“The myth that federations represent ‘the‘ Jewish community
is as mythic as the notion
that such a community exists in the first place.”
As the self-selected leaders of the Jewish federation world gather together in Washington DC for 3 days of self-congratulations and high-5’s, eJP turns its attention specifically to the national organization: The Jewish Federations of North America (aka JFNA). As we have written before, and highlighted often on these pages, the Jewish federations IN North America are performing important work on the ground – in their own communities and around the globe. Indeed, in an article following the 2012 GA, we wrote,
At the local level, most federations are the first address for knowledge about their local Jewish community. They usually commission the local studies, measure local needs and demands, and know how to reach out to local organizations and Jewish subgroups.
But what about at the national level, at the organization called The Jewish Federations OF North America?
In that same 2012 article, we wrote,
For many years now, JFNA has focused too much on its own place in the system, and too little on transforming into what many federations, particularly those smaller than the behemoths of New York or Chicago, desperately need it to be: a clearinghouse of serious research and knowledge, a repository of best practices and clear-headed analysis, an enabler of growth, a living social network for thousands of federation and fundraising professionals across America.
So, as the 2015 GA begins we leave you to ponder the following questions:
How is JFNA helping federations [of all sizes] succeed in their own communities?
Is JFNA a trade association that offers services to constituent federations? A Jewish “government” or representative that lobbies in Washington and Jerusalem? A professional advisory (or even decision making) body where federation dollars are divvied up and shipped to projects and organizations?
As food for thought, we bring you an article from our archives: “A 20th Century Solution to 21st Century Problems,” originally published on eJewish Philanthropy four years ago this week. Forget that the Global Planning Table is now history. JFNA’s hierarchical and siloed world is alive and well at 25 Broadway. You decide the relevance as 2015 comes to a close. As always, thoughtful responses are welcome.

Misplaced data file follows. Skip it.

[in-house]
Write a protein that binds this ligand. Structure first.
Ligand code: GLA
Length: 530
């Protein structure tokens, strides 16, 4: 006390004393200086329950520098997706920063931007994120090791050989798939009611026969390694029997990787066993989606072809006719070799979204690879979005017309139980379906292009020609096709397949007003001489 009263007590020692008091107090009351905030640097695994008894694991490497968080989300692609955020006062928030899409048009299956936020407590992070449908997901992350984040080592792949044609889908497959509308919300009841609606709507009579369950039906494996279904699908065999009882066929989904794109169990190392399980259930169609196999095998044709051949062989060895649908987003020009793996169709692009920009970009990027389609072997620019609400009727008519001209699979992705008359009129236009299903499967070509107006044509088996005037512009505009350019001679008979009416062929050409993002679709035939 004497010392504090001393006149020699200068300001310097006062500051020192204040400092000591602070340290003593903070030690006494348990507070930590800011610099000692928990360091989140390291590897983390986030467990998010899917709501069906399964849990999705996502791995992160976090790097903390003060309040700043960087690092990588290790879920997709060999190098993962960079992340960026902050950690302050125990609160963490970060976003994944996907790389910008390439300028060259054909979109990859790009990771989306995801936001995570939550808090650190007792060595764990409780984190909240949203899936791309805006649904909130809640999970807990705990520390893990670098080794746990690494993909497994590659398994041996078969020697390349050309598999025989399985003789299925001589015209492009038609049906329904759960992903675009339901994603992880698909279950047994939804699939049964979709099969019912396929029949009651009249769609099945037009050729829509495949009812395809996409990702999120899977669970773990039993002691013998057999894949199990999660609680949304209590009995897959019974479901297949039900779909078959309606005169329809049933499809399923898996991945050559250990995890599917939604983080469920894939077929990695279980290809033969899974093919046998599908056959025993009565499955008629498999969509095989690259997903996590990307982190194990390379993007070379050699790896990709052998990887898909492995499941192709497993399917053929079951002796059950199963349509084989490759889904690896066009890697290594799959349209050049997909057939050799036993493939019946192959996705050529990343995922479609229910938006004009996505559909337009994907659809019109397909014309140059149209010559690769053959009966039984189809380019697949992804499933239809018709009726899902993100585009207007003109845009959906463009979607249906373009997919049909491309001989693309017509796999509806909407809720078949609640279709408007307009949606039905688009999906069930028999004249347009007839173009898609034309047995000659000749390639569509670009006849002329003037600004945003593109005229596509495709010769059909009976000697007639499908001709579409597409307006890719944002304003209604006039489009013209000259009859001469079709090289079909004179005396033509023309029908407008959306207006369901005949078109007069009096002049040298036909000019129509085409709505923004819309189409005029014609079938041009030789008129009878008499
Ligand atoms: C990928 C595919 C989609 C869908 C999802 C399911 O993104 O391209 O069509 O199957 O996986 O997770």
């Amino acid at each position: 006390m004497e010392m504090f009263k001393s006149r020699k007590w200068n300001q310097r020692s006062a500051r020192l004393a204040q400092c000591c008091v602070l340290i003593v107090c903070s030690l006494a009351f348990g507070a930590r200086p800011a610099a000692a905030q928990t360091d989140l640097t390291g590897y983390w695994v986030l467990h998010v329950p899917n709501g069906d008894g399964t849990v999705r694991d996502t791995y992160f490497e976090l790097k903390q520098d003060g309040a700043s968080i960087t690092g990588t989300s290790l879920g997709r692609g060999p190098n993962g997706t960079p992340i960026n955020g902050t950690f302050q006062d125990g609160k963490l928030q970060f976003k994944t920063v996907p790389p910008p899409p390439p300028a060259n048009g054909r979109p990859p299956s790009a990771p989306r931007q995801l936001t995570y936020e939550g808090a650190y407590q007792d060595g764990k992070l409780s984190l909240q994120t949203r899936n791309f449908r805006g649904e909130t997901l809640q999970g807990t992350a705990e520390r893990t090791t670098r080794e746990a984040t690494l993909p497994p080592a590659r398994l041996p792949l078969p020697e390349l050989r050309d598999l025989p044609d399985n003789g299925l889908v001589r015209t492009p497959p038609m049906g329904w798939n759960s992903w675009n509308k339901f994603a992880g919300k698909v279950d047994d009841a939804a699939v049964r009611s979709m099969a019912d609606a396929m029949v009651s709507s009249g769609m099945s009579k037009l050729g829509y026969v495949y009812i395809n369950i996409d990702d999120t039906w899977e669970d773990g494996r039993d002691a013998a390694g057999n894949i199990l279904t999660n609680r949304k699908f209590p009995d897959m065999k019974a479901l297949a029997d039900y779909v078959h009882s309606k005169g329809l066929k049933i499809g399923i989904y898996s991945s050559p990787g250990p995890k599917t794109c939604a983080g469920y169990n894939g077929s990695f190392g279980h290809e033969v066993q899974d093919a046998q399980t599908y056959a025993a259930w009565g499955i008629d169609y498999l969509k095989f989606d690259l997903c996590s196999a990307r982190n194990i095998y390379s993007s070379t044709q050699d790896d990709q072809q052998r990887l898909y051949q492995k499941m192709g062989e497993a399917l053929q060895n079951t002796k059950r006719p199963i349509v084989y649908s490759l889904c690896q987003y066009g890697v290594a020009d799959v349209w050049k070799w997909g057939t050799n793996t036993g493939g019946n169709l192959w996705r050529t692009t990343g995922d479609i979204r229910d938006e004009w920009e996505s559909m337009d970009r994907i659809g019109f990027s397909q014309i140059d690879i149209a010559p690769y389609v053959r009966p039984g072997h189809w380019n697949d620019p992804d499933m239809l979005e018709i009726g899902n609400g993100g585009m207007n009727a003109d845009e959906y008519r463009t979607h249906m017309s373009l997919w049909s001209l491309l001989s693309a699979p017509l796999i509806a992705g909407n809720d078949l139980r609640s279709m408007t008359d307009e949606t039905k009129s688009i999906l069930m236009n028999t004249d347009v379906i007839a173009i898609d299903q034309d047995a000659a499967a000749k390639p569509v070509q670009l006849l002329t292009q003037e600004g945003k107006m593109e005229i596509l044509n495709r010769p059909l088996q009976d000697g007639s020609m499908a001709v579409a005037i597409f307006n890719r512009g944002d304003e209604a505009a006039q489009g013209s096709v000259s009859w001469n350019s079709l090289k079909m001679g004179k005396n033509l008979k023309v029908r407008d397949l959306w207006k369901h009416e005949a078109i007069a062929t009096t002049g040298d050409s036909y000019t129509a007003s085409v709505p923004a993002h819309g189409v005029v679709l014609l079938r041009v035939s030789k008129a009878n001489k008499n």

(to be continued)
A 20th Century Solution to 21st Century Problems
By Jay Michaelson
In the old days, by which I mean the twentieth century, we consumed media curated by experts. On LPs and Cassettes, record producers and company execs picked and ordered songs that they thought we ought to hear, and paid radio DJs to play them. On the five channels of television, industry experts picked which sitcoms we’d watch at what times, and even added laugh tracks so we’d know when to smile.
For better or for worse, and I think for better, this mode of media consumption is being rapidly washed away. In place of vinyl records, we create iPod playlists with the artists we find interesting. In place of TV, we TiVo, and watch programs selected from 500 channels when and where we want. This is how we live now – at least, those of us privileged enough to afford such technology.
To praise, as JFNA chair Kathy Manning does, “the ability of our leaders to determine the greatest needs of the Jewish world” is as anachronistic as the 8-track tape. What Jewish world? What leaders? What needs? Are we really to suppose that top-down planning will accurately identify, prioritize, and address a unified set of needs that somehow applies to the secular Russian diaspora, Haredim in Ariel, and communities at risk in the developing world? No doubt, such plans will be carefully drafted by well-meaning and well-informed Jewish insiders. But they will face a daunting task selling such a product to generations used to deciding for themselves what causes to support and what priorities to set.
I applaud the sincere efforts of those who will be doing this work. I have done some of it myself, in past federation-related think-tanks that bear an uncanny resemblance to the Global Planning Table. Yet it is so out of step with contemporary sensibilities among non-professional-Jews that it seems not just like rearranging deck chairs on the Titanic, but steering the ship more closely toward the iceberg.